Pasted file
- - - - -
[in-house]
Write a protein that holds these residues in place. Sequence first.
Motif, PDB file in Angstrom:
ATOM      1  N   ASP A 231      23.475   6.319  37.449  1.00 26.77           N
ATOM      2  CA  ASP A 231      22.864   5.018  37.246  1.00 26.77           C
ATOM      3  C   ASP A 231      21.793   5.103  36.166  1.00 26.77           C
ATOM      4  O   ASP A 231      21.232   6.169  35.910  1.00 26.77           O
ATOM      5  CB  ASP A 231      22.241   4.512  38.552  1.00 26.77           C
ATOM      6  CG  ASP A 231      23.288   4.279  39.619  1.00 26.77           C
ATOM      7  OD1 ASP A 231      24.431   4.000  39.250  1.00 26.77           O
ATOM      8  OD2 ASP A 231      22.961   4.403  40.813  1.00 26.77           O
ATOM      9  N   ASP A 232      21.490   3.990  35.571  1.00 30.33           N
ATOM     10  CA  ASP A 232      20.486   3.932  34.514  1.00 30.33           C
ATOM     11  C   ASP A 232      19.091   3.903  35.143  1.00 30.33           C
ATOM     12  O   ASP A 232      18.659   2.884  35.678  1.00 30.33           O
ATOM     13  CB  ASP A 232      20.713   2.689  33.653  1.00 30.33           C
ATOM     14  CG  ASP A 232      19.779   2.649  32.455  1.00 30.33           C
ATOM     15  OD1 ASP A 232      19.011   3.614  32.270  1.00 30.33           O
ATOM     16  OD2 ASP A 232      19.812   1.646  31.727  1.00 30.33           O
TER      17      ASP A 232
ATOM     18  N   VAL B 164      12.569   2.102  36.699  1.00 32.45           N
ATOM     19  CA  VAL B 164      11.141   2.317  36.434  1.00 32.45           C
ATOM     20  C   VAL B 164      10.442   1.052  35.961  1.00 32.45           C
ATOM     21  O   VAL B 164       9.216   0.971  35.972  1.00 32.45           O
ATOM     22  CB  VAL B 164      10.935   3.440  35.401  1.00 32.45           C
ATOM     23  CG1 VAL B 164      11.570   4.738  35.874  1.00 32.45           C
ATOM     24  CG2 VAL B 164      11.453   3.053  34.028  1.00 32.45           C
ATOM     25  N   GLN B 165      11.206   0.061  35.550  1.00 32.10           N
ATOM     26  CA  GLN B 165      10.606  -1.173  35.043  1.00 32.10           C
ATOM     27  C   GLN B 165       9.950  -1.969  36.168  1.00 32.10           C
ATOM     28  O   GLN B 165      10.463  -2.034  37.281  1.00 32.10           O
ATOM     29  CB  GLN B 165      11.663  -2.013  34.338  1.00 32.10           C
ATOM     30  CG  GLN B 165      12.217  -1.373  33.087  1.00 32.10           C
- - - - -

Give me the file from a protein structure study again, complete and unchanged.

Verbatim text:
[in-house]
Write a protein that holds these residues in place. Sequence first.
Motif, PDB file in Angstrom:
ATOM      1  N   ASP A 231      23.475   6.319  37.449  1.00 26.77           N
ATOM      2  CA  ASP A 231      22.864   5.018  37.246  1.00 26.77           C
ATOM      3  C   ASP A 231      21.793   5.103  36.166  1.00 26.77           C
ATOM      4  O   ASP A 231      21.232   6.169  35.910  1.00 26.77           O
ATOM      5  CB  ASP A 231      22.241   4.512  38.552  1.00 26.77           C
ATOM      6  CG  ASP A 231      23.288   4.279  39.619  1.00 26.77           C
ATOM      7  OD1 ASP A 231      24.431   4.000  39.250  1.00 26.77           O
ATOM      8  OD2 ASP A 231      22.961   4.403  40.813  1.00 26.77           O
ATOM      9  N   ASP A 232      21.490   3.990  35.571  1.00 30.33           N
ATOM     10  CA  ASP A 232      20.486   3.932  34.514  1.00 30.33           C
ATOM     11  C   ASP A 232      19.091   3.903  35.143  1.00 30.33           C
ATOM     12  O   ASP A 232      18.659   2.884  35.678  1.00 30.33           O
ATOM     13  CB  ASP A 232      20.713   2.689  33.653  1.00 30.33           C
ATOM     14  CG  ASP A 232      19.779   2.649  32.455  1.00 30.33           C
ATOM     15  OD1 ASP A 232      19.011   3.614  32.270  1.00 30.33           O
ATOM     16  OD2 ASP A 232      19.812   1.646  31.727  1.00 30.33           O
TER      17      ASP A 232
ATOM     18  N   VAL B 164      12.569   2.102  36.699  1.00 32.45           N
ATOM     19  CA  VAL B 164      11.141   2.317  36.434  1.00 32.45           C
ATOM     20  C   VAL B 164      10.442   1.052  35.961  1.00 32.45           C
ATOM     21  O   VAL B 164       9.216   0.971  35.972  1.00 32.45           O
ATOM     22  CB  VAL B 164      10.935   3.440  35.401  1.00 32.45           C
ATOM     23  CG1 VAL B 164      11.570   4.738  35.874  1.00 32.45           C
ATOM     24  CG2 VAL B 164      11.453   3.053  34.028  1.00 32.45           C
ATOM     25  N   GLN B 165      11.206   0.061  35.550  1.00 32.10           N
ATOM     26  CA  GLN B 165      10.606  -1.173  35.043  1.00 32.10           C
ATOM     27  C   GLN B 165       9.950  -1.969  36.168  1.00 32.10           C
ATOM     28  O   GLN B 165      10.463  -2.034  37.281  1.00 32.10           O
ATOM     29  CB  GLN B 165      11.663  -2.013  34.338  1.00 32.10           C
ATOM     30  CG  GLN B 165      12.217  -1.373  33.087  1.00 32.10           C